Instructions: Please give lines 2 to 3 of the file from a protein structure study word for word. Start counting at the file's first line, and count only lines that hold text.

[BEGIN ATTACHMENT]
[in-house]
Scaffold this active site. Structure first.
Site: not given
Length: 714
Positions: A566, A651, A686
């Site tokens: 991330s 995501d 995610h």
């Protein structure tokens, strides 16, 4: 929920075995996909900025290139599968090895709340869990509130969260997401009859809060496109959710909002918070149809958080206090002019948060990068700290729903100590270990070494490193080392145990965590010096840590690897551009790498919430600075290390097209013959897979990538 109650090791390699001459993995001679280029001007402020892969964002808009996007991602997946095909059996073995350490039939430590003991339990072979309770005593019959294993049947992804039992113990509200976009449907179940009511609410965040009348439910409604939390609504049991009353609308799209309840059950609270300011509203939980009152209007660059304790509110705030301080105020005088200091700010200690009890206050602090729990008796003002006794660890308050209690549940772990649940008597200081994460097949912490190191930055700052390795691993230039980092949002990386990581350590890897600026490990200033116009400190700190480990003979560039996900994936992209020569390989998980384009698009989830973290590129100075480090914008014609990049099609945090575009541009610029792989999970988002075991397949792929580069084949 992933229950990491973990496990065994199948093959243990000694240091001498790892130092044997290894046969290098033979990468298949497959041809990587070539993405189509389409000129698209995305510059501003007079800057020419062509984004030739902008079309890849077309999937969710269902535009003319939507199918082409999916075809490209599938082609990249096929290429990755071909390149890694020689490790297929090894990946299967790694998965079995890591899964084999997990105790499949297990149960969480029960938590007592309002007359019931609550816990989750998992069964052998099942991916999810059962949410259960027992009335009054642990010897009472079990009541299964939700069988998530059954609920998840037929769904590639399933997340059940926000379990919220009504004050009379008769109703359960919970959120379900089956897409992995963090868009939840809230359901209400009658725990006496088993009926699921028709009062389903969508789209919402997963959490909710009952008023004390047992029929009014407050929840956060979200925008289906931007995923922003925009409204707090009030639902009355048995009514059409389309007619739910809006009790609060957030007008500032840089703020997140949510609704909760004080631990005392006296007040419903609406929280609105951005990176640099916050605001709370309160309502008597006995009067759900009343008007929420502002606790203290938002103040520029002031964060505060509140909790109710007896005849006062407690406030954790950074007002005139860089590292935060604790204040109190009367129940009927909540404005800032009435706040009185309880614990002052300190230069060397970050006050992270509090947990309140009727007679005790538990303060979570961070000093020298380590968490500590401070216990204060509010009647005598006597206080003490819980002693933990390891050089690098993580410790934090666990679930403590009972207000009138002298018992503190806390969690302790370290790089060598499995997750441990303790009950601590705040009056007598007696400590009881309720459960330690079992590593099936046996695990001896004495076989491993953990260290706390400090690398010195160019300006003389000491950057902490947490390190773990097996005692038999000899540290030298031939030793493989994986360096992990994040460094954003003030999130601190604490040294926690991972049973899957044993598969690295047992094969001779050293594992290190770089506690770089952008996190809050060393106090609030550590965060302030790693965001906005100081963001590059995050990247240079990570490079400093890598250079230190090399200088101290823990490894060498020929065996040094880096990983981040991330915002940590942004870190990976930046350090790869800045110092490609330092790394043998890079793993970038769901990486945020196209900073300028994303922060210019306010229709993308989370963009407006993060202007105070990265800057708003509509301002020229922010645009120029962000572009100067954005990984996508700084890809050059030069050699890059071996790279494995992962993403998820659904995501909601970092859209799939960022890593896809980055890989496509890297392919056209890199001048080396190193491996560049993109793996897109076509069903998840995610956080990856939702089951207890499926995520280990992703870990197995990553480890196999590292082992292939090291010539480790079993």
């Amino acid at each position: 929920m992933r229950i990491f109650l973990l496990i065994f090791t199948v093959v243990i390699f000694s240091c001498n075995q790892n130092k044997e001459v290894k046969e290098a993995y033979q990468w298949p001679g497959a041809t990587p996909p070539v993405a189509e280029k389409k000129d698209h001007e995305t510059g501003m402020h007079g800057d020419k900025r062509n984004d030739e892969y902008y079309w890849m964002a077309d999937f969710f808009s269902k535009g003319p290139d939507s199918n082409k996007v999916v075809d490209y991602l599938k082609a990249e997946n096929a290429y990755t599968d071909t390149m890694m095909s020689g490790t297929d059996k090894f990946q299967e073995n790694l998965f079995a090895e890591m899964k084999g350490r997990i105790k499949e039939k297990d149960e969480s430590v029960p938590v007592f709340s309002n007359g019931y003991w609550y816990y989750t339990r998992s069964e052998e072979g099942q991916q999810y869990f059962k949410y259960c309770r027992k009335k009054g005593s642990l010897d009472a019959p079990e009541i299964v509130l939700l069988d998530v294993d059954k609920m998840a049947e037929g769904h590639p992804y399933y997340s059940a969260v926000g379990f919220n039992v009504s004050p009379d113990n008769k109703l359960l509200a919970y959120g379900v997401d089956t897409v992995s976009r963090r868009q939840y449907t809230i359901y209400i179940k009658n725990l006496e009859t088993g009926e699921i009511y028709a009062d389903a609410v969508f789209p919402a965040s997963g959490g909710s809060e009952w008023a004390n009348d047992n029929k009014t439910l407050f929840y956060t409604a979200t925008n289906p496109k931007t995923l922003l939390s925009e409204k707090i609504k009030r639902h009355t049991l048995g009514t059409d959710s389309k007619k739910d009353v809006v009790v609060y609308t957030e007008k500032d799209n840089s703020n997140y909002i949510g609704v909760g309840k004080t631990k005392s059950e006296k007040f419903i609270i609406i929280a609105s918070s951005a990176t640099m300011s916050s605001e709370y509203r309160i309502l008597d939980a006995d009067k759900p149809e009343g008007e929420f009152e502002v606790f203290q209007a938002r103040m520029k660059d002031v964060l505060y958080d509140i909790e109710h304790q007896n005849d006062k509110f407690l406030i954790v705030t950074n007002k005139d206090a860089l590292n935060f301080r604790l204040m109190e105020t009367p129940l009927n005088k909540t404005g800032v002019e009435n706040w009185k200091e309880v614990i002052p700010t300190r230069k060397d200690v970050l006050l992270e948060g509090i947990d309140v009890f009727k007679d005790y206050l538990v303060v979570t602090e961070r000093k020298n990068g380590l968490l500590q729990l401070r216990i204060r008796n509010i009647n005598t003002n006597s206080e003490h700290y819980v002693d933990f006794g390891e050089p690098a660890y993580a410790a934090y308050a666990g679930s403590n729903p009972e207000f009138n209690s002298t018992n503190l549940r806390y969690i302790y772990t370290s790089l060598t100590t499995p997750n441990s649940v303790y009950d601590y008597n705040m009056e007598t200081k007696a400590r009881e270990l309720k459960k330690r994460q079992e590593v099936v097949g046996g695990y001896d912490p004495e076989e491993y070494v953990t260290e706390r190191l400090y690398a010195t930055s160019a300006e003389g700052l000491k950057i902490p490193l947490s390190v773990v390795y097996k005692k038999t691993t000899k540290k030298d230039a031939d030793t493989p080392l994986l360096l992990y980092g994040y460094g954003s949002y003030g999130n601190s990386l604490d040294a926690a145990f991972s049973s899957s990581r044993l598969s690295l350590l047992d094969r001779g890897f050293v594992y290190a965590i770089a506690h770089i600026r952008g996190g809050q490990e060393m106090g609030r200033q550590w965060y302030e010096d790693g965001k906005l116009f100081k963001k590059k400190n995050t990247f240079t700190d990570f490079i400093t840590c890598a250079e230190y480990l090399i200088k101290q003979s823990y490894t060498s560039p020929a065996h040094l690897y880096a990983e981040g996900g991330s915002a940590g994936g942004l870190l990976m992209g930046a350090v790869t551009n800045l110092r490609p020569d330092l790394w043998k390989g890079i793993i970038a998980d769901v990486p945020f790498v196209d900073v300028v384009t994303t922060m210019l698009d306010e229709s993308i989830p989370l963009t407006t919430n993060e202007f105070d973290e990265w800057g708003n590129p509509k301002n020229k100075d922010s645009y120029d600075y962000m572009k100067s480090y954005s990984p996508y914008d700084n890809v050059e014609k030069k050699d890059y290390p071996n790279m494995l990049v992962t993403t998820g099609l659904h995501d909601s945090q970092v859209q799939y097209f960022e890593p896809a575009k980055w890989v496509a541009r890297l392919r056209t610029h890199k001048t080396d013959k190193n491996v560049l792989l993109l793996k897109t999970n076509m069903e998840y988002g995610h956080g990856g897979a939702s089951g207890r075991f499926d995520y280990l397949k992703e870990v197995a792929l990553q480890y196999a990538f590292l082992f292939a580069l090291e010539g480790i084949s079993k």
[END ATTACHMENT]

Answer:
Scaffold this active site. Structure first.
Site: not given